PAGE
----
Considering the way time has stretched and compressed during the pandemic, it’s only fitting there are still holiday specials arriving in late January. Seemingly unconcerned by the passage of time, HBO is premiering the second part of a pair of “Euphoria” special episodes created to tide audiences over in the wake of the teen drama’s pandemic-delayed season two.
Both specials focus on the fundamentals: startlingly realistic writing and mesmerizing performances by Zendaya (in part one) and Hunter Schafer (in part two). As it turns out, the first installment really did need its second half. And both together complement “Euphoria” far more than your average holiday special.
Both specials focus on the fundamentals — startlingly realistic writing and mesmerizing performances by Zendaya (in part one) and Hunter Schafer (in part two).
When HBO announced it was making its first teen drama, it seemed like a dangerous fit. But the resulting series found a way to combine the sex, drugs and nudity one would expect from an HBO title with the raw emotional challenges of teen life, including addiction. Even if at times that rawness felt a bit extreme, the show’s gorgeous visuals and strong acting made for a solid debut.
From a traditional standpoint, “Euphoria” wasn’t that big a hit: Linear ratings were just over 575,000 for the premiere. But the show did better on HBO Go and HBO Now (it premiered mid-2019, in the pre-HBO Max era). The show was also a critical darling, with most of the praise going to lead actress Zendaya, a formerly squeaky-clean Disney pop princess. Zendaya’s portrayal of the troubled Rue Bennett was rewarded with an upset best actress win at the Emmys.
Perhaps reflecting the buzz, “Euphoria’s” first special, which premiered on HBO Max on Dec. 4, turned the camera on Zendaya to the near exclusion of all else. Season one ended with Rue experiencing a drug relapse after her girlfriend, Jules (Schafer), runs away. Viewers were left wondering if Rue was hallucinating or experiencing an overdose. “Part One: Rue” clears that up, as a very high Rue sits down to have breakfast with her sponsor, Ali (Colman Domingo), who sees through her self-justification and cuts right to the heart of Rue’s self-destructive impulses. The episode is just an hour of these two actors, sitting in a diner, discussing the addiction mindset over pancakes and bacon.
Zendaya’s understated performance was the highlight, but the special felt like a slice of “Euphoria” rather than a standalone episode. One could appreciate taking the “with minimal cast” part of the “filmed under pandemic conditions” seriously, but it was also a reminder the show is called “Euphoria” and not “Rue.”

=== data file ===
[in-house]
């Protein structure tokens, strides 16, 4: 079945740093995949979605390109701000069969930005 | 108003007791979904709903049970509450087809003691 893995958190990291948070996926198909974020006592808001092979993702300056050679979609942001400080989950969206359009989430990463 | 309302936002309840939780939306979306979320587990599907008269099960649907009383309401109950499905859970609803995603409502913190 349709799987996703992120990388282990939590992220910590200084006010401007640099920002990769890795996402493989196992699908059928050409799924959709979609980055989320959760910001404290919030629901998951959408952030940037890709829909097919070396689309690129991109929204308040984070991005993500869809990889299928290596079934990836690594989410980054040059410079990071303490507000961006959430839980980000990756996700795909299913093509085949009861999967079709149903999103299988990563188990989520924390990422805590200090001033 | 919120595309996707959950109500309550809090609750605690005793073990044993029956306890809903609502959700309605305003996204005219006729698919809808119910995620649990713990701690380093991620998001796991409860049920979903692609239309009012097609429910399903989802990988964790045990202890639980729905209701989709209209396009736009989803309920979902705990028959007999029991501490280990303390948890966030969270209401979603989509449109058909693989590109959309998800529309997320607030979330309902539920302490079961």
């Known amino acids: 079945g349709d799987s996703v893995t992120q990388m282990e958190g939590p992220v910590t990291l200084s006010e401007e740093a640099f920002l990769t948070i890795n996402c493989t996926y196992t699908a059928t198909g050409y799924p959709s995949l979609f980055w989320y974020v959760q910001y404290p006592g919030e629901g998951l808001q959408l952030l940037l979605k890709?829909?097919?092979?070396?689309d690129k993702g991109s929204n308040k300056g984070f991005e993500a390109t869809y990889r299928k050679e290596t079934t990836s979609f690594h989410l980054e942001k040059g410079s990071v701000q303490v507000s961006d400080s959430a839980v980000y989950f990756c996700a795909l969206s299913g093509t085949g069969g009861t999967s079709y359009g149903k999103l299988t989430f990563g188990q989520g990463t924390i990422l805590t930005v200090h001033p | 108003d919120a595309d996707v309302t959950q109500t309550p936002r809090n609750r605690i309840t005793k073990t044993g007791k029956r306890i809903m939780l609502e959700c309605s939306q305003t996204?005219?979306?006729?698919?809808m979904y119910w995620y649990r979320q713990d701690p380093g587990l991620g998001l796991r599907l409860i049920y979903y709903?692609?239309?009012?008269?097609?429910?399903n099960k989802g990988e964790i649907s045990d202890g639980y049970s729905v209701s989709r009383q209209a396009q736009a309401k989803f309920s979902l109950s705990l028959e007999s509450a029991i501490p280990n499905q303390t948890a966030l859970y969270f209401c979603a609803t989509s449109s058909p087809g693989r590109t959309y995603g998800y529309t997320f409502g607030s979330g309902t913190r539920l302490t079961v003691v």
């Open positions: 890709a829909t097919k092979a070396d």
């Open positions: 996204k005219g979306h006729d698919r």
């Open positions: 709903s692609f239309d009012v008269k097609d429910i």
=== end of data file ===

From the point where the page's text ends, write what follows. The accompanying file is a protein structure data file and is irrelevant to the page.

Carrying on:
Like Rue’s special, “Part Two: Jules” is also framed as a one-on-one. Here, Schafer’s scene partner is Lauren Weedman, playing the therapist Jules is sent to after returning from running away. But the cast is also more expansive, bringing in Jules’ father, the fantasy online boyfriend who turned out to be a classmate catfishing her and other first season storylines. Paired with part one, it brings along much of the plot the Zendaya-focused hour was missing. But it also fills in the parts of Jules’ story fans never saw, shedding new light on the character’s choices, making her less of someone who happened to Rue and more of a person in her own right.
In this way, the show self-corrects an issue that hadn’t yet become obvious in the rush of praise. The show is very empathetic toward Rue’s challenges, but it doesn’t spend as much time showing how her behavior impacts her support system. If the first special focused on the narcissism of addiction, the second spotlights the self-effacement of the enabler.
Jules’ story is already tough enough — a transgender teen and the daughter of someone struggling with addiction, she’s primed to believe that love means being needed. She seems to be forcing herself into the feminine helpmate role, because that’s how society has defined women to her. Schafer, who is also transgender, co-wrote and co-produced the episode, giving Jules’ discussions of gender and sexuality a lived-in, authentic feel. And she more than proves Zendaya isn’t the only actor in this series worthy of awards consideration.
So although both specials were narrowly focused, they actually may help broaden the show’s world when it returns in season two. Despite the holiday marketing, these episodes really are a bridge between seasons, albeit one fans didn’t even know they needed.
“Euphoria” is currently slated to begin production on its second season this spring, with a premiere in late 2021. While questions remain about timing and platform (will “Euphoria” get “early premieres” on streaming from now on, like the specials?), this pair of clever standalones, especially part two, has done a lot to carry the show over the extended break.